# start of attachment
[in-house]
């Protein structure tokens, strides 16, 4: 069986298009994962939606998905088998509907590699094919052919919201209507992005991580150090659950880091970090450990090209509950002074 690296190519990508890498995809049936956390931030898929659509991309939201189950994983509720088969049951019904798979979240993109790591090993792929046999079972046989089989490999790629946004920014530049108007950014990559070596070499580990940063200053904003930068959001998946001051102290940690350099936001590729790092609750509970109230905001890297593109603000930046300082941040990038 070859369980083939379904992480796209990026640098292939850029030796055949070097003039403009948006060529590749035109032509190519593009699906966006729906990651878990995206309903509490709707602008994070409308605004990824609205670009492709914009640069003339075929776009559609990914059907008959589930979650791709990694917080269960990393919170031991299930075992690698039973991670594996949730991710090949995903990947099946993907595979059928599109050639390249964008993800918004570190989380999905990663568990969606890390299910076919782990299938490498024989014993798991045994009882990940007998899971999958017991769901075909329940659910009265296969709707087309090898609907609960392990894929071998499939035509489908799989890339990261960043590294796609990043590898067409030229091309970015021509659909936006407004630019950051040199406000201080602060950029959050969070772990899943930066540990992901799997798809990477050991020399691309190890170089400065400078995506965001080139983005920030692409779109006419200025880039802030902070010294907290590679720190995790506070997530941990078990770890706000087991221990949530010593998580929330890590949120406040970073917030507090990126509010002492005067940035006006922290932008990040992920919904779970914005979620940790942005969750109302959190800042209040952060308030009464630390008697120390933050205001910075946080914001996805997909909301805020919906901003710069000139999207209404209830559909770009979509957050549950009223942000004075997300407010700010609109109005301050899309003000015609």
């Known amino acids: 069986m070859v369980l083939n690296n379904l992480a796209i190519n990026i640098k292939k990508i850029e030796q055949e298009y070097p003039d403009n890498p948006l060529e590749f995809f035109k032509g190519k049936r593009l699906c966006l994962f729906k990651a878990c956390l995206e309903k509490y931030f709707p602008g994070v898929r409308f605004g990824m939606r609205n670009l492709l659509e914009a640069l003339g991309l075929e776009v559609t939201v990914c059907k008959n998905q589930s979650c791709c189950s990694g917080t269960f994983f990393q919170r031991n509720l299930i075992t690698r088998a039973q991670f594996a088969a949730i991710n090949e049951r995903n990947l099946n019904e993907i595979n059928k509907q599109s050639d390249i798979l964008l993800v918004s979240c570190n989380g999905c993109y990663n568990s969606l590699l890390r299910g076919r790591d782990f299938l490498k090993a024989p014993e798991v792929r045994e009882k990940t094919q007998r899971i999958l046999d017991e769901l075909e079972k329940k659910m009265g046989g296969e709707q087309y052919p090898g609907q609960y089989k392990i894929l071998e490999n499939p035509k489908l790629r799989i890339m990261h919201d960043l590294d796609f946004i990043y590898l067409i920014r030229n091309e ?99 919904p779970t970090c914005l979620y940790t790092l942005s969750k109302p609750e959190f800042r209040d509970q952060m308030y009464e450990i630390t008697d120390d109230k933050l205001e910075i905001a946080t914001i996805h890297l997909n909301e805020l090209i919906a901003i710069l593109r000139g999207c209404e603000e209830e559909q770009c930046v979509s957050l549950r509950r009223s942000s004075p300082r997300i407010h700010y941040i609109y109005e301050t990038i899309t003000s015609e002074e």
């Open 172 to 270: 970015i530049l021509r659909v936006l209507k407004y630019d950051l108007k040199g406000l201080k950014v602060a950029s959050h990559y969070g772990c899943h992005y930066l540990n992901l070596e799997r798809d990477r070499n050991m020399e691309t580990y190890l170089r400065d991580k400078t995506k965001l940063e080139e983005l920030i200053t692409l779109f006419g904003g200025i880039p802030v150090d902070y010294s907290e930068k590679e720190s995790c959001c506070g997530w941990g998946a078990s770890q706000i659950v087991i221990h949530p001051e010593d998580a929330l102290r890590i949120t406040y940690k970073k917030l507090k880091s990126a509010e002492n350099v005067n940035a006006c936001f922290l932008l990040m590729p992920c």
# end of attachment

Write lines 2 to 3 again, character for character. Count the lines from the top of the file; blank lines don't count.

């Protein structure tokens, strides 16, 4: 069986298009994962939606998905088998509907590699094919052919919201209507992005991580150090659950880091970090450990090209509950002074 690296190519990508890498995809049936956390931030898929659509991309939201189950994983509720088969049951019904798979979240993109790591090993792929046999079972046989089989490999790629946004920014530049108007950014990559070596070499580990940063200053904003930068959001998946001051102290940690350099936001590729790092609750509970109230905001890297593109603000930046300082941040990038 070859369980083939379904992480796209990026640098292939850029030796055949070097003039403009948006060529590749035109032509190519593009699906966006729906990651878990995206309903509490709707602008994070409308605004990824609205670009492709914009640069003339075929776009559609990914059907008959589930979650791709990694917080269960990393919170031991299930075992690698039973991670594996949730991710090949995903990947099946993907595979059928599109050639390249964008993800918004570190989380999905990663568990969606890390299910076919782990299938490498024989014993798991045994009882990940007998899971999958017991769901075909329940659910009265296969709707087309090898609907609960392990894929071998499939035509489908799989890339990261960043590294796609990043590898067409030229091309970015021509659909936006407004630019950051040199406000201080602060950029959050969070772990899943930066540990992901799997798809990477050991020399691309190890170089400065400078995506965001080139983005920030692409779109006419200025880039802030902070010294907290590679720190995790506070997530941990078990770890706000087991221990949530010593998580929330890590949120406040970073917030507090990126509010002492005067940035006006922290932008990040992920919904779970914005979620940790942005969750109302959190800042209040952060308030009464630390008697120390933050205001910075946080914001996805997909909301805020919906901003710069000139999207209404209830559909770009979509957050549950009223942000004075997300407010700010609109109005301050899309003000015609």
């Known amino acids: 069986m070859v369980l083939n690296n379904l992480a796209i190519n990026i640098k292939k990508i850029e030796q055949e298009y070097p003039d403009n890498p948006l060529e590749f995809f035109k032509g190519k049936r593009l699906c966006l994962f729906k990651a878990c956390l995206e309903k509490y931030f709707p602008g994070v898929r409308f605004g990824m939606r609205n670009l492709l659509e914009a640069l003339g991309l075929e776009v559609t939201v990914c059907k008959n998905q589930s979650c791709c189950s990694g917080t269960f994983f990393q919170r031991n509720l299930i075992t690698r088998a039973q991670f594996a088969a949730i991710n090949e049951r995903n990947l099946n019904e993907i595979n059928k509907q599109s050639d390249i798979l964008l993800v918004s979240c570190n989380g999905c993109y990663n568990s969606l590699l890390r299910g076919r790591d782990f299938l490498k090993a024989p014993e798991v792929r045994e009882k990940t094919q007998r899971i999958l046999d017991e769901l075909e079972k329940k659910m009265g046989g296969e709707q087309y052919p090898g609907q609960y089989k392990i894929l071998e490999n499939p035509k489908l790629r799989i890339m990261h919201d960043l590294d796609f946004i990043y590898l067409i920014r030229n091309e ?99 919904p779970t970090c914005l979620y940790t790092l942005s969750k109302p609750e959190f800042r209040d509970q952060m308030y009464e450990i630390t008697d120390d109230k933050l205001e910075i905001a946080t914001i996805h890297l997909n909301e805020l090209i919906a901003i710069l593109r000139g999207c209404e603000e209830e559909q770009c930046v979509s957050l549950r509950r009223s942000s004075p300082r997300i407010h700010y941040i609109y109005e301050t990038i899309t003000s015609e002074e």